The work The Stewpot does for the Dallas community is astounding. The faith based organization started by The First Presbyterian Church in downtown Dallas, with the mission to offer a safe haven for homeless and at-risk individuals of Dallas, providing resources for basic survival needs, giving the homeless of our city the necessary opportunities to start a new life. By offering shelter, medical care, substance abuse assistance, youth outreach, education, employment assistance and so many more services, they give a chance for a new life to those most in need. Additionally, with The Bridge, they provide 1500-2000 meals a day.
The Stewpot turns 40 years old this year, continuing to grow, expanding their locations, increasing their services, and helping more of those in need, most evident with the soon to be opened Encore Park, a community center designed to bring music and art back to a part of Dallas that both had thrived in years ago, and truly helping bring second chances to the neighborhood.
Started in 1974 the non-profit exists thanks to donations from individuals, corporations, foundations, church, and civic groups, and through funds raised at annual events like the Soup’s On event held yesterday at The Omni Dallas Hotel.
I love this event, it is one of my favorite charity events of the year as it brings some of the finest chefs in Dallas together, led, as always, by our talented friend, Chef Brian Luscher, owner of The Grape and soon to be opened Luscher’s Red Hots. A longtime supporter of The Stewpot, several years ago Chef Brian wanted to do more to help them, calling on his Chef pals like Janice Provost, Abraham Salum, Chad Houser, Matt McAllister and more, to bring a pot of soup to feed a crowd, raising money for those that do this everyday. He joked at the luncheon that he and his crew at The Grape had a hard time turning out 200 meals for guests last week, a fraction of what The Stewpot does daily.
Some would say soup is the simplest meal, others would say it is substance for the soul. A bowl of soup, from a simple broth to a hearty vegetable beef, provides warmth and nourishment, for much more than your hunger. It is a comforting embrace that starts at the top of your head and reaches all the way down to your toes. You just can’t get this from a salad. This comforting embrace is, in essence, what The Stewpot does everyday for the individuals who come to them for help.
This year’s event, in addition to including delicious and innovative soups (see below recipe from our buddy Abraham Salum who created an incredible chick pea and watercress soup,) included musician Jimmy Wayne sharing his story of going from life as a foster child in the system, after being abandoned by his mother, to a successful career. Wade brings a focus to addressing the child factor.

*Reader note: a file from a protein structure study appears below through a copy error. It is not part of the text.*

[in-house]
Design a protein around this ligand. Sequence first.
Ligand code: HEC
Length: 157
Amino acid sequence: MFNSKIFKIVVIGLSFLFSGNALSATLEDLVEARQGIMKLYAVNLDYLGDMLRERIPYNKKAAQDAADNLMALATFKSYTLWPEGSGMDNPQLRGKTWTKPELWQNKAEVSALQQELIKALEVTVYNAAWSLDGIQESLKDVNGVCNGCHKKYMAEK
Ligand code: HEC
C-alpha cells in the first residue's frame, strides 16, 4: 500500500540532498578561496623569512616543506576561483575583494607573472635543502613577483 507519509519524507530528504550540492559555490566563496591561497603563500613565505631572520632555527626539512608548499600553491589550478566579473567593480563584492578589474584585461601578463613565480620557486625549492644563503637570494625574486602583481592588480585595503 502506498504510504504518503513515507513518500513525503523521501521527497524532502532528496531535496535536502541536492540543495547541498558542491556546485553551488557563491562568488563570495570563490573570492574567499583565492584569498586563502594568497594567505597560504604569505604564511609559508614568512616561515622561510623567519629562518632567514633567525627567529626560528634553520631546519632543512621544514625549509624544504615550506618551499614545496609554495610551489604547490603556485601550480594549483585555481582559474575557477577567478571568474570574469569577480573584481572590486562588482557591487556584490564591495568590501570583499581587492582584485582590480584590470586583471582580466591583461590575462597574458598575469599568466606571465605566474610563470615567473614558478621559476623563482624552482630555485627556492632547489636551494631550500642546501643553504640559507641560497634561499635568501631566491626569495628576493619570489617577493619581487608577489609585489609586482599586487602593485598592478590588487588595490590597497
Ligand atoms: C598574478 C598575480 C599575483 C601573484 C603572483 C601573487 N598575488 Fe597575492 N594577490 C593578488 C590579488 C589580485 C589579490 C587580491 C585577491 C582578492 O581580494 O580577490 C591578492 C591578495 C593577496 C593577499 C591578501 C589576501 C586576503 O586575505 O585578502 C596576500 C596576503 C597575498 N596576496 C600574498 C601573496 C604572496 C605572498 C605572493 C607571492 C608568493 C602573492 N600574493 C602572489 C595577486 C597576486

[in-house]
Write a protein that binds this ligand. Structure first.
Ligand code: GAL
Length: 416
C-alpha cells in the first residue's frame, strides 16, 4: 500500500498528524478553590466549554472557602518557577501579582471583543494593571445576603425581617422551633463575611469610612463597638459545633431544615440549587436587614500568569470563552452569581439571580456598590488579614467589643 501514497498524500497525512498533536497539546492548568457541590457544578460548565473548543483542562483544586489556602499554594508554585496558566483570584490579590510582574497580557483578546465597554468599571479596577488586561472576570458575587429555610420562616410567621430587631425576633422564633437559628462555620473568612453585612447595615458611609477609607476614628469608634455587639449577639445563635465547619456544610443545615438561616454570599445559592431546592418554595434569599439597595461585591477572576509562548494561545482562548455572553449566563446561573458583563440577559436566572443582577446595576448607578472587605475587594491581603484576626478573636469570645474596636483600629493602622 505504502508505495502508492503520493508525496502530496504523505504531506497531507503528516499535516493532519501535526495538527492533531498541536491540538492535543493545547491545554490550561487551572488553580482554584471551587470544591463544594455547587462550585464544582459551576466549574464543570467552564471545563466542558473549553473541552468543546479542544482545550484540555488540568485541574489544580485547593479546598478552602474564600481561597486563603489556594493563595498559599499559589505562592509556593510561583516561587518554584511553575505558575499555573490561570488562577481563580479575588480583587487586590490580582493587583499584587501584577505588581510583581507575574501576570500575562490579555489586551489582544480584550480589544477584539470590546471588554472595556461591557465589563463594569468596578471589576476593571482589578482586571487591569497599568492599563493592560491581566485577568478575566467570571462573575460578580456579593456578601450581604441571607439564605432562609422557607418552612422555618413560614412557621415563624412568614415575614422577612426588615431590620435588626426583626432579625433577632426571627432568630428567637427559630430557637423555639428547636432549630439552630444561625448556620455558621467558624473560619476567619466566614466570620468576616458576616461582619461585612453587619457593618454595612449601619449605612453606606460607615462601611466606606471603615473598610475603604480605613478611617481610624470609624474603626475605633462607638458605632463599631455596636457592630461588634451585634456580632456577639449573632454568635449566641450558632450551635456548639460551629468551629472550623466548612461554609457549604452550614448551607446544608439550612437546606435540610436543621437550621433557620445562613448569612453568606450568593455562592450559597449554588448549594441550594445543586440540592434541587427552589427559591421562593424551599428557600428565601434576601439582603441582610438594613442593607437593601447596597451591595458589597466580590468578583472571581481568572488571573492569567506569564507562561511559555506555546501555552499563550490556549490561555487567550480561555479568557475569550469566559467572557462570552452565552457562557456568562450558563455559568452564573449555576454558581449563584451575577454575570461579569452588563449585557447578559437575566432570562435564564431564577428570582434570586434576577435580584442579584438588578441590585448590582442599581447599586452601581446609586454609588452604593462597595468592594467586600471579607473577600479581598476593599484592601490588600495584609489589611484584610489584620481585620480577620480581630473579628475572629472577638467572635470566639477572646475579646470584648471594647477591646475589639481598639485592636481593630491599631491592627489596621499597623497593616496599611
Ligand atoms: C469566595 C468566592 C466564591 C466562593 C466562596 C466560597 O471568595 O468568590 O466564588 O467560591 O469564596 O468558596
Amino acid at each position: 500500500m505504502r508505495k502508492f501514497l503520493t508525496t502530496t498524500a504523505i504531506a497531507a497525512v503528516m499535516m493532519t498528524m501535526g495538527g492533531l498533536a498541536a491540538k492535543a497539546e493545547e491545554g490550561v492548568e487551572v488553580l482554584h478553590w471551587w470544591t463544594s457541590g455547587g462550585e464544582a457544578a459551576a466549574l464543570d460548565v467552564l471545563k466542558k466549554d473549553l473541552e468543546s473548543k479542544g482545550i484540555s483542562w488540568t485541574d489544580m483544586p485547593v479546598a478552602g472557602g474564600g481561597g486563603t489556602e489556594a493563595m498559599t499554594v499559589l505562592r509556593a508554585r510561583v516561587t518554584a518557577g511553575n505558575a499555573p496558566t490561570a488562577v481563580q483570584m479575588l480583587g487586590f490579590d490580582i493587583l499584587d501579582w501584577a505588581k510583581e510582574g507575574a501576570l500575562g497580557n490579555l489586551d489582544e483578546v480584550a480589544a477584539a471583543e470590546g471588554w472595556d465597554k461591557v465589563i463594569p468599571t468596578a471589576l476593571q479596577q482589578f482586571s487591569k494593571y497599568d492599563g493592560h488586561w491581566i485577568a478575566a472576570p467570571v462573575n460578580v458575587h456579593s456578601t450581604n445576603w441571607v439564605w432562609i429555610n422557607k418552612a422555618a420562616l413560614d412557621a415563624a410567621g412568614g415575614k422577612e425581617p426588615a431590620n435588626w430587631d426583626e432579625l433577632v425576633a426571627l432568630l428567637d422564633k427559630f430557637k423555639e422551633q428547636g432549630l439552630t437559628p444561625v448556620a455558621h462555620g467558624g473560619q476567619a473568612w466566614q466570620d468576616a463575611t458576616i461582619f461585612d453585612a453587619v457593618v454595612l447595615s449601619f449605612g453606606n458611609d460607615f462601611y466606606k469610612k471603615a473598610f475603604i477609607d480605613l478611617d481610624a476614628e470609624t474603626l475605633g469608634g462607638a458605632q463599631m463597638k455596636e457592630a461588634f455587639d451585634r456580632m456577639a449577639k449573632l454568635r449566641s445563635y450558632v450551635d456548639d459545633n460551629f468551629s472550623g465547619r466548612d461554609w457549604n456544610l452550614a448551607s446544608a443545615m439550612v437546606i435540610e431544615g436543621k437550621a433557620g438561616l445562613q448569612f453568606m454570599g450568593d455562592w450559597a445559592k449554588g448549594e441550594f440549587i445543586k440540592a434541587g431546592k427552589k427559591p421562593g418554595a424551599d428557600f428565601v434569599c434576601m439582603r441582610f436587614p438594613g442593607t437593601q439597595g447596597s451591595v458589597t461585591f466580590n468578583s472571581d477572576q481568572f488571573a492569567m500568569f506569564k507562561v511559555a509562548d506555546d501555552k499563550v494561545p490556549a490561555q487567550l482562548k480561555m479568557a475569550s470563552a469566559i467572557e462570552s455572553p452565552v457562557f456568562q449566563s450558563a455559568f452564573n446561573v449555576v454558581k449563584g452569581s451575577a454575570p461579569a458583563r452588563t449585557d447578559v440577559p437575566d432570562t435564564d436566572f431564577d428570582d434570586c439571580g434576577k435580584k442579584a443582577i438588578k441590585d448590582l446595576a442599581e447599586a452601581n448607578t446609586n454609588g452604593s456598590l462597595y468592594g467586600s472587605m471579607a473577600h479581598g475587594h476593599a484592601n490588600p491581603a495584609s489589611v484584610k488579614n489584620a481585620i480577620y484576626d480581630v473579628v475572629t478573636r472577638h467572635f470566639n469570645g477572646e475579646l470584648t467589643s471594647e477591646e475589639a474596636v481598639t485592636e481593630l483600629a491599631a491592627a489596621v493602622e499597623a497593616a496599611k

Children are often caught in the middle of homelessness, with parents that suffer from addiction or mental illness, or simply can’t find work to provide for their family and may be put into foster care. But what happens to those kids when they age out of the system? Often, they become homeless if they aren’t set on the right path and given a guiding hand.
Wade’s goal is to bring awareness to these issues early on, potentially changing the future and fate of those leaving foster care to become self-sufficient adults. It is not an easy topic, but homelessness is a reality in every community. Thankfully we have organizations like The Stewpot offering assistance. It was such a pleasure to see ball room of The Omni downtown filled for this event with enthusiastic attendees for this event as it means every person in that room, by purchasing a ticket and attending, has helped further The Stewpot’s mission.
Cheers to another incredible Soup’s On chefs, volunteers and of course, the wonderful staff of The Stewpot!
Watercress and Chickpea Soup with Rose Water Ras el Hanout and Crab Fritter
Chef Abraham Salum of Salum and Komali Restaurants
For the soup:
2 medium carrots cut in 3/4 inch dice
3 tbsp olive oil
2 1/2 tsp ras el hanout *
1/2 tsp of ground cinnamon
1 1/2 cups of cooked chickpeas (fresh or canned)
1 medium onion thinly sliced
2 1/2 tsp finely chopped ginger
2 1/2 cups vegetable stock
7 oz watercress
3 1/2 oz of spinach leaves
2 tsp of sugar
1 tsp of rose water
salt and pepper to taste
Greek yogurt to garnish
Toss the carrots with the Ras el Hanout and cinnamon, salt and pepper and drizzle with olive oil. Roast in a 425F oven for 15 minutes, add half the chickpeas and roast for another 10 minutes. You want the carrots cooked but al dente.
In a sauce pan, place the onion and ginger, sauté with olive oil and add the rest of the chickpeas, stock, watercress, spinach, sugar and salt, bring to a boil until the leaves wilt. Don’t overcook the leaves! Place the mix in the blender and puree until smooth. Add the rosewater and check for seasoning.
Reheat to serve, garnish with a small dollop of yogurt, carrots, chickpeas and a small crab fritter (recipe follows).
For the fritter:
1/2 cup all-purpose flour
1/2 teaspoons baking powder
pinch of salt
1/2 cups milk
Freshly ground black pepper
1 quart canola oil (approximately, as needed for deep frying)
1/8 cup chopped fresh parsley leaves
1 tsp fresh lemon juice
1/2 pound lump crabmeat, picked for shells and with excess liquid carefully squeezed out without breaking up lumps
To make the fritter batter, combine flour, baking powder and salt in a large bowl. In another smaller bowl, whisk together milk, egg and black pepper. Add the egg mixture to the flour mixture and combine until all dry ingredients are moistened. Fold in the crab and rest of the ingredients. Season with salt and pepper to taste.
Heat oil to 375 degrees F in a deep fryer.
Drop small amounts of the crab fritter mix in a deep fryer until golden brown and drain.